I’ve recently started driving lessons at the bizarre age of 30. During my tender early lessons, my instructor occasionally had to reach over and gently guide the wheel to where it was supposed to be, tap the breaks on the dual controlled Ford and generally keep me from careering into a brick wall or fleshy human being. This feels like the safe and correct way to begin my foray into moving large pieces of machinery about at high speeds.
Let’s say I ignored the traditional way of doing things. Let’s imagine that I came into a substantial sum of money, went out and bought myself an old but beautifully looked after car. Nothing top of the range, maybe a Mini that has had several previous loving owners. They have collectively spent years affectionately improving the vehicle, increasing the engine power and aesthetic value of the car at considerable but not obscene personal cost. I take this well-loved motor, sod the driving lessons off, drink 5 pints and take it out for a spin, slamming it into several sheds/houses/people before pulling over the smoking husk of a vehicle and asking the police what the problem seems to be.
Hopefully you can see where I’m clumsily going with this. Mel Morris, a man who I have no doubt is well intentioned and a genuine lover of the club and city, has taken the wheel at Derby County and proceeded to ignore all accepted logic that one would usually follow when running a football club. The events of the past week have left me simultaneously exasperated, confused, amazed and submissive. I feel like the joy of supporting Derby County is being sapped from me, and there’s absolutely nothing I can do about it.
Darren Wasall strikes me as a good bloke. A man who is passionate about football, Derby and success. However, many of the 30,000 Derby fans who show up week in, week out to watch our stale, turgid football also strike me as decent, passionate folk. Being nice and caring are not the primary prerequisites for a job in football, otherwise Barney the Dinosaur would have a hat full of Champion’s League medals by now. The decision to appoint him as PERMANENT manager of the team with so much of the season to go is one that is so at odds with logic or common sense I can only assume that it has been done for financial reasons rather than footballing ones. It’s as if Mel Morris spent a million pounds building a beautiful mansion and forgot to leave any money aside to put the doors on. So he popped to Chad Park and offered some kids a fiver and a can of Monster each to keep an eye on the place while he saved up the cash.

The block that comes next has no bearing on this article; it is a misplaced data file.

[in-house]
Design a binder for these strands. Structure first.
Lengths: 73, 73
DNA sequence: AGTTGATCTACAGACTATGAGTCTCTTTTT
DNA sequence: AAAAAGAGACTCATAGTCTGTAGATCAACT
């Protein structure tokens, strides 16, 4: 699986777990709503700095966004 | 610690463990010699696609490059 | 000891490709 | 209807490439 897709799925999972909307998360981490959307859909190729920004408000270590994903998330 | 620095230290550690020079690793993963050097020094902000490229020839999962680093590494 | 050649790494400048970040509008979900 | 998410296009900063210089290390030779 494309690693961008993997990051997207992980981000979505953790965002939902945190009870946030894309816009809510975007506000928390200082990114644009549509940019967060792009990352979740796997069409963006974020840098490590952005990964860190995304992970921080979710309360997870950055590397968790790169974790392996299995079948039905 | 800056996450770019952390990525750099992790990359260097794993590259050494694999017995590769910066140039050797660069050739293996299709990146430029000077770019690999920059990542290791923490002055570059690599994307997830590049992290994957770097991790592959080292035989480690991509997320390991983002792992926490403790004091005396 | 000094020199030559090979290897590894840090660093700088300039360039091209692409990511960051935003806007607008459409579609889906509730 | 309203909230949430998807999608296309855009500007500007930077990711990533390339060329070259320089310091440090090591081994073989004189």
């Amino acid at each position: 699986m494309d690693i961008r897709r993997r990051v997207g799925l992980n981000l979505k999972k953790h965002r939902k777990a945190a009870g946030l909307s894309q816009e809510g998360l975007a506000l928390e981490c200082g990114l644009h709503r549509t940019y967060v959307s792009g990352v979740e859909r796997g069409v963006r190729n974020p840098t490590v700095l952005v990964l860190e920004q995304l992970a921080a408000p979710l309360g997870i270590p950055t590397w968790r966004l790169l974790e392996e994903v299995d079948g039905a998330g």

Rotherham was an embarrassment. The kind of football match that makes you question why you bother with the sport at all. A capitulation the likes I haven’t seen since, ironically, Stevie Mac popped into our dressing room at half time and inspired a sensational comeback against Ipswich at the iPro. How odd that since he left the club it’s been downhill for us and downhill for him. Call the man whatever you like (focus on his hair please), but we haven’t seen that level of drive and fight in Derby once since he left. Not once. The very concept of a come from behind victory seems laughable. The Rotherham collapse HAS to be blamed on DW (“Hey! DW!”). His substitutions were utterly confounding, and they cost us the game. Whether it was arrogance, inexperience or plain stupidity, something had to be done to rectify it. Who ya gonna call…?
Harry Redknapp may be a man of experience and knowledge, but there’s a lot of talk in football at the minute about managers who the game has moved beyond. Louis Van Gaal, one of the most decorated managers in the history of European football has become a laughing stock and a tactical dinosaur. Arsene Wenger, a man once thought of as a revolutionary both on the pitch and behind the scenes is seen as stale and clueless by his own adoring fans. If modern football has left these genuine greats at the station, it hasn’t even bothered to tell Harry there’s a train.
Redknapp has arrived at Derby to advise Wassall, apparently at DW’s request. Oh but he will also be coaching the Jordan national team during the international break by the way. What even is this deal? What is this situation? What is life? A former manager who faced court proceedings over his dog’s bank account and left QPR because his knee hurt has joined our club to tell our manager not to put two strikers on when you’re 3-0 up away. I can’t remember ever seeing anything like it in football.
Promotion might not be Mel’s priority. Honestly, it isn’t mine either. A friend of mine is a Blackburn Rovers fan. The night they beat Middlesbrough he was absolutely buzzing. It didn’t propel them into the promotion picture or drag them away from the relegation zone, he was just taking pleasure in one victory over a top side. He was enjoying football for what it is, two teams pitted against each other for 90 minutes. Whether it’s down to the cash injection, the ownership, the management or our own expectations, we have lost this simple love of the game, and I envied his joy that night.
The Forest is looming large. I can’t recall ever going into a derby match being this clueless as to what will happen. It will almost be worth the price of admission just to see the debacle unfold. Two historic clubs, united and divided by their equal adoration of an irreplaceable legend, clashing for the final time this season without a manager, or a clue, between them. Even if we were to replicate the 5-0 of McClaren’s era, I know for certain that I will not renew my season ticket. Why should I invest in a club that can’t be bothered to invest in itself?